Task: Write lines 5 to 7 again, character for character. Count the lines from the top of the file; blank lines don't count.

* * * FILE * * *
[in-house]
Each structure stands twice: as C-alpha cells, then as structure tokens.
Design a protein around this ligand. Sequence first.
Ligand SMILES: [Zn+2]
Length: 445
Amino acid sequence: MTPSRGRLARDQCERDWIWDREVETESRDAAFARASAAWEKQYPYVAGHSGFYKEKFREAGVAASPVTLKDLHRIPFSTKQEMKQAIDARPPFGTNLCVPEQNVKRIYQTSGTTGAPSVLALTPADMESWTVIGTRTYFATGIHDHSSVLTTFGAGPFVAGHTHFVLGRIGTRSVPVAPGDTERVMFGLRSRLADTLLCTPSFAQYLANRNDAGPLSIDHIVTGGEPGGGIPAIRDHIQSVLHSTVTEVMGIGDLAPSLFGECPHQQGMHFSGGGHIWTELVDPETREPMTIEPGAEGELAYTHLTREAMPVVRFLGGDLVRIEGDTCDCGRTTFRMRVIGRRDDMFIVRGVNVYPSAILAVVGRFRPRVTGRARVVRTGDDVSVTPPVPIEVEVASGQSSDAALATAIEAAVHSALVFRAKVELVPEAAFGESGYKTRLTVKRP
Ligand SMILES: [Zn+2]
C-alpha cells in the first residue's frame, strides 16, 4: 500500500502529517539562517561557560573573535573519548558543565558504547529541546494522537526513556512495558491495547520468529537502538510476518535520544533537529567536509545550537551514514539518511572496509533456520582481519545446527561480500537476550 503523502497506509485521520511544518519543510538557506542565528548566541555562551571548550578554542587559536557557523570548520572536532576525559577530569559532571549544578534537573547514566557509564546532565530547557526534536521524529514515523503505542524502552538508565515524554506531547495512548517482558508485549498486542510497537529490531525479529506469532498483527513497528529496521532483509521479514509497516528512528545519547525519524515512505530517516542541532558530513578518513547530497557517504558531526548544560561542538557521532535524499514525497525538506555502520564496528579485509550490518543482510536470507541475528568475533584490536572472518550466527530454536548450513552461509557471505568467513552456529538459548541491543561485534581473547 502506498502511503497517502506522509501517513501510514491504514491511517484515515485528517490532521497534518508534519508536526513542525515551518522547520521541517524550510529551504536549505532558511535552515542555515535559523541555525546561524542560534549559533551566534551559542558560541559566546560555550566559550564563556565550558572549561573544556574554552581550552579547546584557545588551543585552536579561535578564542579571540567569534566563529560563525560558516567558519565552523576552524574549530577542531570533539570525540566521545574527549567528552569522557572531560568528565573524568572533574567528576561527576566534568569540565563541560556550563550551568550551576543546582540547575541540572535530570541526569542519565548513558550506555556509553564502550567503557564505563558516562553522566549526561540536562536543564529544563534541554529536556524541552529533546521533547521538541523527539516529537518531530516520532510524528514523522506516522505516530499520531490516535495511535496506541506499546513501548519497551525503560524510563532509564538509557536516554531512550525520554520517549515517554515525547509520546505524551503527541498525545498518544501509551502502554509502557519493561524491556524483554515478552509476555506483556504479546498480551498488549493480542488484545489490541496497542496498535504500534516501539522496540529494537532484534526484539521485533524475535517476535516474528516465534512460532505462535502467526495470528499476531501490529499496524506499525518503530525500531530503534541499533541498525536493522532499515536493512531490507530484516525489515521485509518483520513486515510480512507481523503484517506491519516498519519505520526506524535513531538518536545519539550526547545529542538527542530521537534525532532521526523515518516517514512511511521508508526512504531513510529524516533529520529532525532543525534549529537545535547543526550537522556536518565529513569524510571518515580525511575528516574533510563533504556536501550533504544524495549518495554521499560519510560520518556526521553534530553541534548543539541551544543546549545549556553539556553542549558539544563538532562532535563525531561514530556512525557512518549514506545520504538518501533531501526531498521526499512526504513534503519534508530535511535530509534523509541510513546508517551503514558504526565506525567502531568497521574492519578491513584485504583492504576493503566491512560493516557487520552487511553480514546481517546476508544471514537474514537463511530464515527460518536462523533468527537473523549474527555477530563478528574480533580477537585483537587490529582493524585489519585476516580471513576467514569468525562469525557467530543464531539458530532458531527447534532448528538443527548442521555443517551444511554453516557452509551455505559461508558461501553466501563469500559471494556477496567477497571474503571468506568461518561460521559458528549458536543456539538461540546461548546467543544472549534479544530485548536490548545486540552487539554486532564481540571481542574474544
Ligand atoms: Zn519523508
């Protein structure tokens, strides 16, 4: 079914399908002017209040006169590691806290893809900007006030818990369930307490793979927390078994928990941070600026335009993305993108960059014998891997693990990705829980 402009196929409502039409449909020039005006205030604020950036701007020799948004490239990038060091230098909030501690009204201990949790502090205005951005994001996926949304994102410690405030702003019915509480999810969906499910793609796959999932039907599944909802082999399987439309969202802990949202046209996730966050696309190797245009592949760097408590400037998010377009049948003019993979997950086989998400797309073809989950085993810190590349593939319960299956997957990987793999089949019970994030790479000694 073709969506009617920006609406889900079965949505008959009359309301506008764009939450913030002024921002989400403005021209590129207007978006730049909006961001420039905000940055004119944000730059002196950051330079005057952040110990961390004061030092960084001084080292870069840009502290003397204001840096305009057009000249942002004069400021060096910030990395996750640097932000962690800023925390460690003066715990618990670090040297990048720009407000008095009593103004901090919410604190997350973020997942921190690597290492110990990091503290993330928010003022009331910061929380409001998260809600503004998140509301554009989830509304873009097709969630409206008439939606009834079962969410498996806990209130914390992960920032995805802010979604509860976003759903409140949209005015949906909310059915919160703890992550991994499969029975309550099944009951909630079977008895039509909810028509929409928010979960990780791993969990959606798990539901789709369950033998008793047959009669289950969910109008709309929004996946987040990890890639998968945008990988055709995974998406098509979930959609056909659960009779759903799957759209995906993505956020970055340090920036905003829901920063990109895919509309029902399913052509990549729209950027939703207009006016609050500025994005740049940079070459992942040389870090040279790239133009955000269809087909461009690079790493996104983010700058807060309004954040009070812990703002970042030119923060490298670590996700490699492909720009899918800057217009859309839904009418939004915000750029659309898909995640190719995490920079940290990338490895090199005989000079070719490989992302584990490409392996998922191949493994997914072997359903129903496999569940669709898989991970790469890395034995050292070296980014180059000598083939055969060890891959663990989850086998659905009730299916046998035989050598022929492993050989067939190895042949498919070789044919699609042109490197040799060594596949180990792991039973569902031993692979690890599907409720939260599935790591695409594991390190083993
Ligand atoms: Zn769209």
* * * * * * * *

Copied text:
Length: 445
Amino acid sequence: MTPSRGRLARDQCERDWIWDREVETESRDAAFARASAAWEKQYPYVAGHSGFYKEKFREAGVAASPVTLKDLHRIPFSTKQEMKQAIDARPPFGTNLCVPEQNVKRIYQTSGTTGAPSVLALTPADMESWTVIGTRTYFATGIHDHSSVLTTFGAGPFVAGHTHFVLGRIGTRSVPVAPGDTERVMFGLRSRLADTLLCTPSFAQYLANRNDAGPLSIDHIVTGGEPGGGIPAIRDHIQSVLHSTVTEVMGIGDLAPSLFGECPHQQGMHFSGGGHIWTELVDPETREPMTIEPGAEGELAYTHLTREAMPVVRFLGGDLVRIEGDTCDCGRTTFRMRVIGRRDDMFIVRGVNVYPSAILAVVGRFRPRVTGRARVVRTGDDVSVTPPVPIEVEVASGQSSDAALATAIEAAVHSALVFRAKVELVPEAAFGESGYKTRLTVKRP
Ligand SMILES: [Zn+2]